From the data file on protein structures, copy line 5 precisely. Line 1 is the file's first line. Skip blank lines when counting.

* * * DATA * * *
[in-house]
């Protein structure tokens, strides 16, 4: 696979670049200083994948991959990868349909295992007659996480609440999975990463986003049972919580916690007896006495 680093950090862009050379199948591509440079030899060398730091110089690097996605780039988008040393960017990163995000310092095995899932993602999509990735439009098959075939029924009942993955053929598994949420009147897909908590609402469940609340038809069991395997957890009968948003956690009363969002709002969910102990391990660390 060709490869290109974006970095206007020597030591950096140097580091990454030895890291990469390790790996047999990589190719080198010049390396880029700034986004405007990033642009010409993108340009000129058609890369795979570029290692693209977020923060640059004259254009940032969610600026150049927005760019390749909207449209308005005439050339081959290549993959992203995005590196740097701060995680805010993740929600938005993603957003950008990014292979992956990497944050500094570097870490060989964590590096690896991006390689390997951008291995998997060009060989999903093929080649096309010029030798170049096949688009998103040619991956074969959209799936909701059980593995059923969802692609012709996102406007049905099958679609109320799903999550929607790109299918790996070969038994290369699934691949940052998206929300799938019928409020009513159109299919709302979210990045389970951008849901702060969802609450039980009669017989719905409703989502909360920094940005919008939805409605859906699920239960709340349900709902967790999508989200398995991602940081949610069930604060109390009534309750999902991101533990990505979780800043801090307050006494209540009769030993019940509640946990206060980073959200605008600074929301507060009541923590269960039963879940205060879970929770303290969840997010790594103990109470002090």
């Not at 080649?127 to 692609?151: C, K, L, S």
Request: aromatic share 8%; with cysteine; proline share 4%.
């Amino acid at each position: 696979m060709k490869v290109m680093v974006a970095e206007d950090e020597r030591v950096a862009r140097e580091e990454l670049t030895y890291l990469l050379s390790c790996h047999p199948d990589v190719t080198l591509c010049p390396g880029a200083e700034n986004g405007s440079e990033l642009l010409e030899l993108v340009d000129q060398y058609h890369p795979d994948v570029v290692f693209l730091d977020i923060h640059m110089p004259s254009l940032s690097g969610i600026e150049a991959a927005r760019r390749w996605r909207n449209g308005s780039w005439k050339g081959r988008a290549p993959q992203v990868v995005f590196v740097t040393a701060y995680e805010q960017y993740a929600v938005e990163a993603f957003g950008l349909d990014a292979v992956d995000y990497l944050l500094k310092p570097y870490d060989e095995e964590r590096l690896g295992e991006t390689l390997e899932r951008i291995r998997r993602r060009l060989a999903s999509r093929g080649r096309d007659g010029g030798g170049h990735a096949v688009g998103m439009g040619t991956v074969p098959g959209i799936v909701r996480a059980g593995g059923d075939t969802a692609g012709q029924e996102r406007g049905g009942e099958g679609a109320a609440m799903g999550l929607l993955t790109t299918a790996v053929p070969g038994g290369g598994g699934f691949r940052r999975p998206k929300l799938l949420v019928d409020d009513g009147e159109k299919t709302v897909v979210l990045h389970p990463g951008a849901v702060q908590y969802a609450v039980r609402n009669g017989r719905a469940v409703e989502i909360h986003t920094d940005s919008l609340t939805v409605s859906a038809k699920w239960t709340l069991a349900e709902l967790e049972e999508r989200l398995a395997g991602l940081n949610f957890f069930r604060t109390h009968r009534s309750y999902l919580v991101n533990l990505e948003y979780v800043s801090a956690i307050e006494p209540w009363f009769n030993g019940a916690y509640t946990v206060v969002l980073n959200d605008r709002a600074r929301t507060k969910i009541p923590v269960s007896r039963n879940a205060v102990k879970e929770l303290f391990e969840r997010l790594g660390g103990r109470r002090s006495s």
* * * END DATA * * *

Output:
């Amino acid at each position: 696979m060709k490869v290109m680093v974006a970095e206007d950090e020597r030591v950096a862009r140097e580091e990454l670049t030895y890291l990469l050379s390790c790996h047999p199948d990589v190719t080198l591509c010049p390396g880029a200083e700034n986004g405007s440079e990033l642009l010409e030899l993108v340009d000129q060398y058609h890369p795979d994948v570029v290692f693209l730091d977020i923060h640059m110089p004259s254009l940032s690097g969610i600026e150049a991959a927005r760019r390749w996605r909207n449209g308005s780039w005439k050339g081959r988008a290549p993959q992203v990868v995005f590196v740097t040393a701060y995680e805010q960017y993740a929600v938005e990163a993603f957003g950008l349909d990014a292979v992956d995000y990497l944050l500094k310092p570097y870490d060989e095995e964590r590096l690896g295992e991006t390689l390997e899932r951008i291995r998997r993602r060009l060989a999903s999509r093929g080649r096309d007659g010029g030798g170049h990735a096949v688009g998103m439009g040619t991956v074969p098959g959209i799936v909701r996480a059980g593995g059923d075939t969802a692609g012709q029924e996102r406007g049905g009942e099958g679609a109320a609440m799903g999550l929607l993955t790109t299918a790996v053929p070969g038994g290369g598994g699934f691949r940052r999975p998206k929300l799938l949420v019928d409020d009513g009147e159109k299919t709302v897909v979210l990045h389970p990463g951008a849901v702060q908590y969802a609450v039980r609402n009669g017989r719905a469940v409703e989502i909360h986003t920094d940005s919008l609340t939805v409605s859906a038809k699920w239960t709340l069991a349900e709902l967790e049972e999508r989200l398995a395997g991602l940081n949610f957890f069930r604060t109390h009968r009534s309750y999902l919580v991101n533990l990505e948003y979780v800043s801090a956690i307050e006494p209540w009363f009769n030993g019940a916690y509640t946990v206060v969002l980073n959200d605008r709002a600074r929301t507060k969910i009541p923590v269960s007896r039963n879940a205060v102990k879970e929770l303290f391990e969840r997010l790594g660390g103990r109470r002090s006495s």